McIntosh Law Advocates for the accused since 1993

Speak With Our Attorneys –

Phone: 941-306-3230

Advocates For The Accused
Since 1993
McIntosh Law Advocates for the accused since 1993

Speak With Our Attorneys –

Phone: 941-306-3230

When can taking legal drugs for medicinal purposes lead to a DUI?

On Behalf of | Oct 22, 2021 | Criminal Defense, DUI

When most people think about DUIs, alcohol often comes to mind, but what about the prescription drugs that you take? While taking medicine to relieve pain may seem quite different from spending a night at the bar, the effects on your driving can be similar.

According to the Centers for Disease Control and Prevention, nearly half of Americans use prescription drugs on a regular basis. With this in mind, knowing what the law says about driving while using your medication may prevent unnecessary legal trouble down the road.

Floridians use many types of legal drugs for medicinal use

In Florida, millions of residents use legal drugs for numerous valid medical conditions. Many prescriptions are for controlled substances which are a class of drugs that may pose a high risk of addiction. Substances that fall into this category include opioids, hallucinogens, stimulants, depressants and anabolic steroids. Florida also has a regulated medicinal cannabis program.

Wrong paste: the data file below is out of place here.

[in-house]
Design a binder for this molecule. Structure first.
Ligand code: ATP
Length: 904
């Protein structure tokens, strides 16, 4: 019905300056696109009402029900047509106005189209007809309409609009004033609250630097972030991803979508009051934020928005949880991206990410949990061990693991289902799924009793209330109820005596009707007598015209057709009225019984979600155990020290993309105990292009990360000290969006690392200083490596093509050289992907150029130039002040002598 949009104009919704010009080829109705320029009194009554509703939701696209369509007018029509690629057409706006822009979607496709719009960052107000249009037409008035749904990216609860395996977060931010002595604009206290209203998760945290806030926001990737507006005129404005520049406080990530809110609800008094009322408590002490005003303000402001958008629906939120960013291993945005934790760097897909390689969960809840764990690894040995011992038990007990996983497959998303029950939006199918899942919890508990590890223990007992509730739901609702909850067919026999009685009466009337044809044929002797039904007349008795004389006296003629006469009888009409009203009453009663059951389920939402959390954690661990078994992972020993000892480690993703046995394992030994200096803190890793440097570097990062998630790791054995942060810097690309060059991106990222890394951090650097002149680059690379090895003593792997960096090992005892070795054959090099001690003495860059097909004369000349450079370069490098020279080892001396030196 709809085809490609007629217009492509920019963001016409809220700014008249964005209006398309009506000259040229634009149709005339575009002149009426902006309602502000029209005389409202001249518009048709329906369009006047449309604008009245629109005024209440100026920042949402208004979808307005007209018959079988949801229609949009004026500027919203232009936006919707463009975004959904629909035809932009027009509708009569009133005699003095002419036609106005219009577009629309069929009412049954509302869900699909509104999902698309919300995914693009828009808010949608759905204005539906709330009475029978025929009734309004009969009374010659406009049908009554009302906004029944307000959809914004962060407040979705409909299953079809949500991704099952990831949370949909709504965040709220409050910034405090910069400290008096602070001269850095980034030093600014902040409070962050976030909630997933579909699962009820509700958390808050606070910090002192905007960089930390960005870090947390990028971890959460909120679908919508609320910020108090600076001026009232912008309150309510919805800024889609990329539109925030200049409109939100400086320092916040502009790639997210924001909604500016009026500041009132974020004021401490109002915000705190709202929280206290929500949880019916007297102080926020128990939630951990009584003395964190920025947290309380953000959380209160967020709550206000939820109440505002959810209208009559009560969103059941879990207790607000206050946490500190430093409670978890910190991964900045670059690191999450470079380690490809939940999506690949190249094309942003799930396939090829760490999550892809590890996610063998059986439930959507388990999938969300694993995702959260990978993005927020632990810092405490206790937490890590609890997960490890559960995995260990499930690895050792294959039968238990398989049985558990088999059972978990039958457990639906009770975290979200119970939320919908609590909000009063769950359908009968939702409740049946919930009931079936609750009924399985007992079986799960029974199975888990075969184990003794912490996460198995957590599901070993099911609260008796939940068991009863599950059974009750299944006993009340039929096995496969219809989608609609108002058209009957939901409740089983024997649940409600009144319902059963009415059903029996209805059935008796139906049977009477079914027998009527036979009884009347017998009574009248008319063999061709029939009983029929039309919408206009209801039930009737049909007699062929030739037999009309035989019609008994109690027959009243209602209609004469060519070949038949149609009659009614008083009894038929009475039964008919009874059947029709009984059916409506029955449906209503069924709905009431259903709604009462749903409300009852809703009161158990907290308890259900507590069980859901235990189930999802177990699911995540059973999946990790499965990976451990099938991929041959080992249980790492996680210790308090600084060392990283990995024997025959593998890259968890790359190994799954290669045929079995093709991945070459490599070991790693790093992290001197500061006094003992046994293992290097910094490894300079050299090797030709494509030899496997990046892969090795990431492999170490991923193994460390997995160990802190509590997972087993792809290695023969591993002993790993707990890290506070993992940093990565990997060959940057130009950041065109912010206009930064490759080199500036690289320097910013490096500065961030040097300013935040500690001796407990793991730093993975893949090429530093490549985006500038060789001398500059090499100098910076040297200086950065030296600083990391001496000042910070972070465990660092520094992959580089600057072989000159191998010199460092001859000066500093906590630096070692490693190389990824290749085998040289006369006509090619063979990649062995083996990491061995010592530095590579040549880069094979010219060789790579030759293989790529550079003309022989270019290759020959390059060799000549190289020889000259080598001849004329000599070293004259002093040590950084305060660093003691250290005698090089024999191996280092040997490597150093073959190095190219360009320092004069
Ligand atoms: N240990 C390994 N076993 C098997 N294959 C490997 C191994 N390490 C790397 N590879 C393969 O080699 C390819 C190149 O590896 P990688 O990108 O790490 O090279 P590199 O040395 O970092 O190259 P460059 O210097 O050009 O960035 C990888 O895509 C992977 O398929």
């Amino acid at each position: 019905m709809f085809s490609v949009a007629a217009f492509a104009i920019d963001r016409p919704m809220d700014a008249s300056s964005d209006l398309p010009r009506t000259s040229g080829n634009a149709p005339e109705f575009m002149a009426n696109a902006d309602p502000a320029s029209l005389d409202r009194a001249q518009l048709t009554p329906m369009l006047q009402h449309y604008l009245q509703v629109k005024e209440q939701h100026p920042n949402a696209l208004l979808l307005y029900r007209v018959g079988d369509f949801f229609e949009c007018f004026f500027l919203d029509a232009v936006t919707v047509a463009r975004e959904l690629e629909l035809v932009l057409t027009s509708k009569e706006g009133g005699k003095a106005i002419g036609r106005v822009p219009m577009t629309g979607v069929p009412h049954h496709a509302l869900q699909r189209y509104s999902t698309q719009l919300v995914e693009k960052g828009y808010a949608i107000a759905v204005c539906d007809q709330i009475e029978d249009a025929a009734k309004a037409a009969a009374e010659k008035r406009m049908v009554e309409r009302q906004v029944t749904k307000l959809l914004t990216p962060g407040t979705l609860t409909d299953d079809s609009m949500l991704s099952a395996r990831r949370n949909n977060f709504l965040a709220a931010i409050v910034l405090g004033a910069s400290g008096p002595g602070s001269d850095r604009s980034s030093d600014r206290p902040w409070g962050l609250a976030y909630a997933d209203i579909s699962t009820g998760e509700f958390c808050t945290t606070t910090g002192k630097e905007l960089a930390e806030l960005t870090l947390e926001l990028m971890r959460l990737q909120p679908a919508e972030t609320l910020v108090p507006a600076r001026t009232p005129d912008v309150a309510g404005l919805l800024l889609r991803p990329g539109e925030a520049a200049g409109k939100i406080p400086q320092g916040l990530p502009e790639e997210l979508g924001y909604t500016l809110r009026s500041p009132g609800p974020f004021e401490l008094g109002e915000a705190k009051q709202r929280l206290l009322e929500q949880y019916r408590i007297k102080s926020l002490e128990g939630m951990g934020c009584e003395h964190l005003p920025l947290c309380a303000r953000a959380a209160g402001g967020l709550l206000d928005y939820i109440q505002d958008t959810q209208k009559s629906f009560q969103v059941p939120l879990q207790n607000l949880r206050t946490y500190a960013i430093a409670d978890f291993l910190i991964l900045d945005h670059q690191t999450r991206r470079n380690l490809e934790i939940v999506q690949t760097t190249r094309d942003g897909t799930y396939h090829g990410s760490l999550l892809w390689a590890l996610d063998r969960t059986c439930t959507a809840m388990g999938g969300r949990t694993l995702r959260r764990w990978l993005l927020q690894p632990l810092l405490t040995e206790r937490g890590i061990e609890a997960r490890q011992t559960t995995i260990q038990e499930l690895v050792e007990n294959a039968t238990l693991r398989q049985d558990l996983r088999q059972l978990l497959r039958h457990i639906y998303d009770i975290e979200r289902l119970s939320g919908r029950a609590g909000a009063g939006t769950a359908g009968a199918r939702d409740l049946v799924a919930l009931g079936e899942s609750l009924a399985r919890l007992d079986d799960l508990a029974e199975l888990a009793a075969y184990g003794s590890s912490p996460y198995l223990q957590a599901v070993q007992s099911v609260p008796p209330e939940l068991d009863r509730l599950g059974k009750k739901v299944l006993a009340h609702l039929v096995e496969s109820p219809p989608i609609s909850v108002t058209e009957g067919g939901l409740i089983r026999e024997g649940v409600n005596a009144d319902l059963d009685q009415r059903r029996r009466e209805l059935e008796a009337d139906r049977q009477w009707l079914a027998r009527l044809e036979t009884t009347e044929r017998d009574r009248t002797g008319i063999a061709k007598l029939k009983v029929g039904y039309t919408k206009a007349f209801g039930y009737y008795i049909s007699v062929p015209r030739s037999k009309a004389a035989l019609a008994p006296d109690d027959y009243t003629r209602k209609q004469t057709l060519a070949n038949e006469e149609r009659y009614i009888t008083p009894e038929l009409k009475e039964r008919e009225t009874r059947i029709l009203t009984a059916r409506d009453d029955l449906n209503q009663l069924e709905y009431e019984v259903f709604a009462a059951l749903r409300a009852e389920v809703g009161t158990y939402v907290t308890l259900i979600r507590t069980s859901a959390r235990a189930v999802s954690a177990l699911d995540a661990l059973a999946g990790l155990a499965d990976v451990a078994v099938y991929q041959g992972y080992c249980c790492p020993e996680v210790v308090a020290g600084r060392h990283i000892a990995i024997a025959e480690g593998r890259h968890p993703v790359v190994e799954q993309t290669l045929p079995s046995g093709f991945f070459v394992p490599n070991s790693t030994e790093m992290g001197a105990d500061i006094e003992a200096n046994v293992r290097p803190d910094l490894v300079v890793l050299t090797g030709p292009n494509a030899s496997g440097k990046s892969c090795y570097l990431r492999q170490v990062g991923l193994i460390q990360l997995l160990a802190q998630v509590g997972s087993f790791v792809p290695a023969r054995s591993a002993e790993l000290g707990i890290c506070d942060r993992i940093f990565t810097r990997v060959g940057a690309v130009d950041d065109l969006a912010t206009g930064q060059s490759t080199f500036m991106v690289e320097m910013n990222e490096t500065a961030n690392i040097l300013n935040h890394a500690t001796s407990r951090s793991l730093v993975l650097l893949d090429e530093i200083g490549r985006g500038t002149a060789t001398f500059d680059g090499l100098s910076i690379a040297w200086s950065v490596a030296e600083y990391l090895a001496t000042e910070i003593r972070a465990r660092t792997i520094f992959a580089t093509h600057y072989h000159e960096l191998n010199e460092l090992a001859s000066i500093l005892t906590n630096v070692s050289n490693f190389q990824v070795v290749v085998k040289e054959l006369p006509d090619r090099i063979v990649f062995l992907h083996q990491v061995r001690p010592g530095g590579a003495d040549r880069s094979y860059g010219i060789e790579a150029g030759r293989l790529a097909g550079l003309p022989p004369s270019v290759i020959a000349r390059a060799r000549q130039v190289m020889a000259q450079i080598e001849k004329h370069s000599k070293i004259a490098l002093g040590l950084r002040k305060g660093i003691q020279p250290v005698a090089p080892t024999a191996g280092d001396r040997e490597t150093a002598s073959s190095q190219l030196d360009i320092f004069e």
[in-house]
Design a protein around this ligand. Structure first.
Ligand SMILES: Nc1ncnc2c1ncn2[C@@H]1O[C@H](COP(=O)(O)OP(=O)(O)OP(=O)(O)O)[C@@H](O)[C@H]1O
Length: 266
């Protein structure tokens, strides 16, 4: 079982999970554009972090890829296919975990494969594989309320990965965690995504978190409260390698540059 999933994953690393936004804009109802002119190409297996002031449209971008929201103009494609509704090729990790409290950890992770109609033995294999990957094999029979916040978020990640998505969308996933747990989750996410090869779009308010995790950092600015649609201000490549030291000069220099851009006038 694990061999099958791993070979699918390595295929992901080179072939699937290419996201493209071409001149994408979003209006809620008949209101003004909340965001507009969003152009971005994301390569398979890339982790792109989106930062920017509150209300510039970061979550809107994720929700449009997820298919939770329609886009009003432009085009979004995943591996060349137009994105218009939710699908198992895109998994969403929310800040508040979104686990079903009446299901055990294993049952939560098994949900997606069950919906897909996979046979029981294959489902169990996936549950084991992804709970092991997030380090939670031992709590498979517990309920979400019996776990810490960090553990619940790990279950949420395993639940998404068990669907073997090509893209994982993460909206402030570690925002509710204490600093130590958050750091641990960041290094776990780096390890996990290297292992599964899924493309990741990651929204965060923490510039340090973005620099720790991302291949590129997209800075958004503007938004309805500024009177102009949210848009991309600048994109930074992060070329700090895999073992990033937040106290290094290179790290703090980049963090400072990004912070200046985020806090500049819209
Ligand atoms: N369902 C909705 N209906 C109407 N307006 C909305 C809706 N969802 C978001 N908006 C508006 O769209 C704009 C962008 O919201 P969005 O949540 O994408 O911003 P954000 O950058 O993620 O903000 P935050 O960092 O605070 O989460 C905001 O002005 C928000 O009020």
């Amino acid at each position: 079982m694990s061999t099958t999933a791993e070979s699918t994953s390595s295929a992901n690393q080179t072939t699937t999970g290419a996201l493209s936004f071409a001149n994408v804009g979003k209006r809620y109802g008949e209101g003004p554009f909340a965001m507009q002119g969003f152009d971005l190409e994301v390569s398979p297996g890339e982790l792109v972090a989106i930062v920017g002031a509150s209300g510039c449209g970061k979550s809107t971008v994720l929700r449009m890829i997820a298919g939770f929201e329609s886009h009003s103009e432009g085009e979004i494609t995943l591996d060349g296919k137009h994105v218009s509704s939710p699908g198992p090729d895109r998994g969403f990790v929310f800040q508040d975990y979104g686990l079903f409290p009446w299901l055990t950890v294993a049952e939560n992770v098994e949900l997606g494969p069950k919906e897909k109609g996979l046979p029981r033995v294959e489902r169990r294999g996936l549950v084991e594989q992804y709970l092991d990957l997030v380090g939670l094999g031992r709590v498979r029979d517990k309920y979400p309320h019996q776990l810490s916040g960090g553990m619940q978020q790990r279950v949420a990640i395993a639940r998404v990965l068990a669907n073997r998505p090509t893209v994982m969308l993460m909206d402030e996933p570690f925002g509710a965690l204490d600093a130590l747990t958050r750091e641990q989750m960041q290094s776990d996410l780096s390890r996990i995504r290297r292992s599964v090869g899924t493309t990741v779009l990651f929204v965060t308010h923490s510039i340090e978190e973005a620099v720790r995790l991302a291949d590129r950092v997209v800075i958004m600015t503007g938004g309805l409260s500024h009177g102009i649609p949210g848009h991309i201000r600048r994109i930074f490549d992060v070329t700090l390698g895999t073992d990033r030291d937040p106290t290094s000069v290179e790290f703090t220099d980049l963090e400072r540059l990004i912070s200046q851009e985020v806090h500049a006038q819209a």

Legalities do not extend to the road

Although it is legal for you to consume controlled substances according to your doctor’s instructions in the privacy of your home, that right does not extend to your car. Whenever you get behind the wheel of a vehicle, state law says that you must be clear-minded enough to drive. As such, if your blood or urine test results suggest that you are not, you may end up facing a DUI charge.

If your doctor prescribes you a controlled substance, familiarizing yourself with your local laws before driving with it in your system can help you avoid unexpected charges during a traffic stop. When in doubt, it is better not to drive.

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